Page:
“The Kennedy Collections, which is based in Fall River, has been listed on our directory since 2020, and Will Kennedy has done some gallery exhibits and now is signed to a gallery. He’s gone abroad with his art.” One such gallery exhibit, “Rosebud,” happened this past winter at New Bedford’s Co-Creative Center, and featured paintings of “the ones who didn’t have a chance to bloom.” Another series of pieces, “The Box They Tried to Put Me In,” was exhibited at Brick Lane Gallery in London. Kennedy is signed to Blackbird Gallery in Detroit.

Another success story involves a business that balances creativity with selling its wares: Brown Suga Stationery, which recently opened its shop in Kilburn Mill. “I think we met [owner Jaden Reyes] at a great time. Being in the E for All program and going through NB100, a whole community wrapped up Jaden. She found a network through the business community here.

“She’s done a few pop-ups with us now. We’re really excited to be a part of that story, but also some people outgrow our markets, and that’s wonderful too. And we’re really proud to see that growth and hope that we can continue to feature new and returning businesses.”

While not specifically a creative enterprise, one member business that demonstrates that growth and reach is Unplugged Essentials, which sells CBD-based skin and body treatment products. “Kevin Rose Jr. [owner of Unplugged Essentials] has been part of several of our events. His products are now in stores at JC Penney. We’ve been cheering him on for the past few years, and his products are a fan favorite. It’s pretty cool to see his products in the stores.”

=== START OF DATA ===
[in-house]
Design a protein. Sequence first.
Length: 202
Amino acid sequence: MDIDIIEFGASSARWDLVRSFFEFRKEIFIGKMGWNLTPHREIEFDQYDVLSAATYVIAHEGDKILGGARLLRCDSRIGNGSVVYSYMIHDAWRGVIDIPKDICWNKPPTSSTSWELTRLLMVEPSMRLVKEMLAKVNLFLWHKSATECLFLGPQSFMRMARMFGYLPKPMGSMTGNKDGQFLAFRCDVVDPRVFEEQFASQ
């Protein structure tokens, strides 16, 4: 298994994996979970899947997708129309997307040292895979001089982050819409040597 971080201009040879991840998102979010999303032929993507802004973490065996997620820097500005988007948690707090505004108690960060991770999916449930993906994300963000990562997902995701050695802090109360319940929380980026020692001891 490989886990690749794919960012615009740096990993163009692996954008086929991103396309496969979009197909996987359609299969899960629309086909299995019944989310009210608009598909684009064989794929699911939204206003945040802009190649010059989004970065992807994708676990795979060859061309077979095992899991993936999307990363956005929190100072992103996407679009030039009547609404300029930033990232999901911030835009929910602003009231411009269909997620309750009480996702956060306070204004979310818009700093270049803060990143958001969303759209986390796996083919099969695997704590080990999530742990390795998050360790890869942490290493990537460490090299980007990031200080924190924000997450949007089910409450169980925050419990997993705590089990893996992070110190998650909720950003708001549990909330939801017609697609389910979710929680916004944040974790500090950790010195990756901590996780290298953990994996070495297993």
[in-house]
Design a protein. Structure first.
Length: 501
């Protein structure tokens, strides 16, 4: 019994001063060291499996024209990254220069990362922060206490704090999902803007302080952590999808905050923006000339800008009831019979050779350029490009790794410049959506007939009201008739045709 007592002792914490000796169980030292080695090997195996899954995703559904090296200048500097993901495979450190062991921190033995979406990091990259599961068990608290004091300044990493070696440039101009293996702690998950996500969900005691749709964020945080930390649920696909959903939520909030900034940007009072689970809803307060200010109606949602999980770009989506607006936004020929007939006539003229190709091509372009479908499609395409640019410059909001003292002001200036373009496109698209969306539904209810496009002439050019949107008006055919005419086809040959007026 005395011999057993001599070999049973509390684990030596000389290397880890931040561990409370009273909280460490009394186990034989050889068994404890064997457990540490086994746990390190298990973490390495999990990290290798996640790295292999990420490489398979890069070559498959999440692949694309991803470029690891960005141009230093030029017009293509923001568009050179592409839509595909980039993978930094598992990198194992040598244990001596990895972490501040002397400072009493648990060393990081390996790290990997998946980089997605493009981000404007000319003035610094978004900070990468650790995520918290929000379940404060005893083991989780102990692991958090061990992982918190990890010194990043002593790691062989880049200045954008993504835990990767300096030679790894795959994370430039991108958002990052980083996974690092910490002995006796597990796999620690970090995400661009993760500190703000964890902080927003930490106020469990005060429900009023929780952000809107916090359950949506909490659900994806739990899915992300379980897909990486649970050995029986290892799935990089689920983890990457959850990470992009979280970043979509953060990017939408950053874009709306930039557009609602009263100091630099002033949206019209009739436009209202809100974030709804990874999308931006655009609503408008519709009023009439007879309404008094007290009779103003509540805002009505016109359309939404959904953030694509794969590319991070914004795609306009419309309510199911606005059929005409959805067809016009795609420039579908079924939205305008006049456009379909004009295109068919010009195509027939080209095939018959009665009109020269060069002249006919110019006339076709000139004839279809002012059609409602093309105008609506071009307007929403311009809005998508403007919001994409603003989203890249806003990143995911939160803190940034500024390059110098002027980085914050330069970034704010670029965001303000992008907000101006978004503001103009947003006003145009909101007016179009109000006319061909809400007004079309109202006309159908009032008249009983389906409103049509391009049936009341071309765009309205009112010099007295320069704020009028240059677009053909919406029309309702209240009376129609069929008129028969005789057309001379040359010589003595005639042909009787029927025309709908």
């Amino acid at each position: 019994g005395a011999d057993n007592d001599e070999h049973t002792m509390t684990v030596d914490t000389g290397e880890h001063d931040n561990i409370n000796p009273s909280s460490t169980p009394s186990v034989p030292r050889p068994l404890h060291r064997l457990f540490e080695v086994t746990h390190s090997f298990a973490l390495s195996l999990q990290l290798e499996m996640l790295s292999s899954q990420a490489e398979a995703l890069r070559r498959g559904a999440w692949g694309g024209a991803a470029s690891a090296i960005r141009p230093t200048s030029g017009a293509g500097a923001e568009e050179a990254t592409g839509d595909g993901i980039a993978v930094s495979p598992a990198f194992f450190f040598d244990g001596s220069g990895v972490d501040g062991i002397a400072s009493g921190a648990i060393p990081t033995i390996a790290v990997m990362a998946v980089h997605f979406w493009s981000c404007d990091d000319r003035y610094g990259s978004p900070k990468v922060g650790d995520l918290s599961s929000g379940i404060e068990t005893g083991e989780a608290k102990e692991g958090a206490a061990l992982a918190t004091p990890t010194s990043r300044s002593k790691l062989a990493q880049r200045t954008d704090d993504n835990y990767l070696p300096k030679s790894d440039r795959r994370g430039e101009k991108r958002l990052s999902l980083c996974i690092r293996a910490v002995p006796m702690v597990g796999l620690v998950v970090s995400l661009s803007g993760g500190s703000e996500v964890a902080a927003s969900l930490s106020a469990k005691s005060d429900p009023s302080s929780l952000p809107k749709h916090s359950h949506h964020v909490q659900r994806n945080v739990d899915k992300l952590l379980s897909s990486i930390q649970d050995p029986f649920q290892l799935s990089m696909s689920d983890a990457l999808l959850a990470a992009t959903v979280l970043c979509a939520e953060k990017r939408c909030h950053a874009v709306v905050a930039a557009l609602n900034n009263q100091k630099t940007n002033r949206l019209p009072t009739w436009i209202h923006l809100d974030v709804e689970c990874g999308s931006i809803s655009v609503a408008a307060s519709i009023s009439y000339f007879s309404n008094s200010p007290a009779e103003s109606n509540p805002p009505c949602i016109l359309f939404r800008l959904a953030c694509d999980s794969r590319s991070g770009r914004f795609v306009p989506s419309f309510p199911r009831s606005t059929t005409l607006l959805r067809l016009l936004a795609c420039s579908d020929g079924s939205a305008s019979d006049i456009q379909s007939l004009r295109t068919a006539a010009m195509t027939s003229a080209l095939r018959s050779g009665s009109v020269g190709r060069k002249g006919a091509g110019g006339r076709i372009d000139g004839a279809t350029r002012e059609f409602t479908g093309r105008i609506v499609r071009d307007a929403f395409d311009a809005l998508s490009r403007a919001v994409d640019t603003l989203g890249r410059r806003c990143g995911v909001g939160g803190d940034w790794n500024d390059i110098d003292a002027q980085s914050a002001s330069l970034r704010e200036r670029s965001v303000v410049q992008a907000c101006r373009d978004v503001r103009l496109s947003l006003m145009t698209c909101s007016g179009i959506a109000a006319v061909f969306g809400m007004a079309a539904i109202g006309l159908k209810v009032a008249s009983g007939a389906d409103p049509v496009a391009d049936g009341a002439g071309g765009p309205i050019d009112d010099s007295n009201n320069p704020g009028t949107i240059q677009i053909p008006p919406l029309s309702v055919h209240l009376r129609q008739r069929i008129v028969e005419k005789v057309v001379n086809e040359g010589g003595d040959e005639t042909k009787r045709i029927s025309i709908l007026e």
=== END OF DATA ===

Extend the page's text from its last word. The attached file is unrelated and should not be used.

What’s next for Buy Black NB? “Our goal is to grow capacity over the next year,” Perry said, “so that we can sustain what we’re doing. The way that we’re doing that is through our first-ever fundraiser event which should supplement some of our grant-making.

“I realize we can’t do everything on grants, so we’ve done some small fundraisers with apparel sales, T-shirt sales, raffles, and things like that. But this is going to be something to really help us sustain, so we can continue to do pop-ups and keep things exciting and trendy and fun for the whole family.”

That fundraiser is The Black Excellence Gala, and it’s happening at the Whaling Museum on May 6th. Perry said the event is “for all of our supporters–new supporters and people who have been a part of our journey from the beginning. Everybody is welcome. It’s going to be a fun evening. It’s our first attempt at a fundraiser, and we’re going big.”

Beyond that, Buy Black NB will continue to highlight new and existing black-owned businesses in the region through its directory and ongoing pop-up markets.

Perry said, “It’s pretty cool that a lot of people have discovered some of the businesses through our directory, through our events, and continue to support them. That can make a difference for somebody in it being their side job [as opposed] to going full time or having their products in stores versus just selling online.

“Sometimes people will come to the market and look for one business in particular. We try to put out a list of who’s going to be there, but it’s different every time, and that’s what’s fun because we try to switch it up and introduce new companies.

“I’m excited to have 250 [businesses] there. And you know, we’ve lost some, but we’re still learning about new ones. And I’m sure there’s a lot more out there that we haven’t found yet.”

You can learn more about the Black Excellence Gala at

Buy Black NB

Justina Perry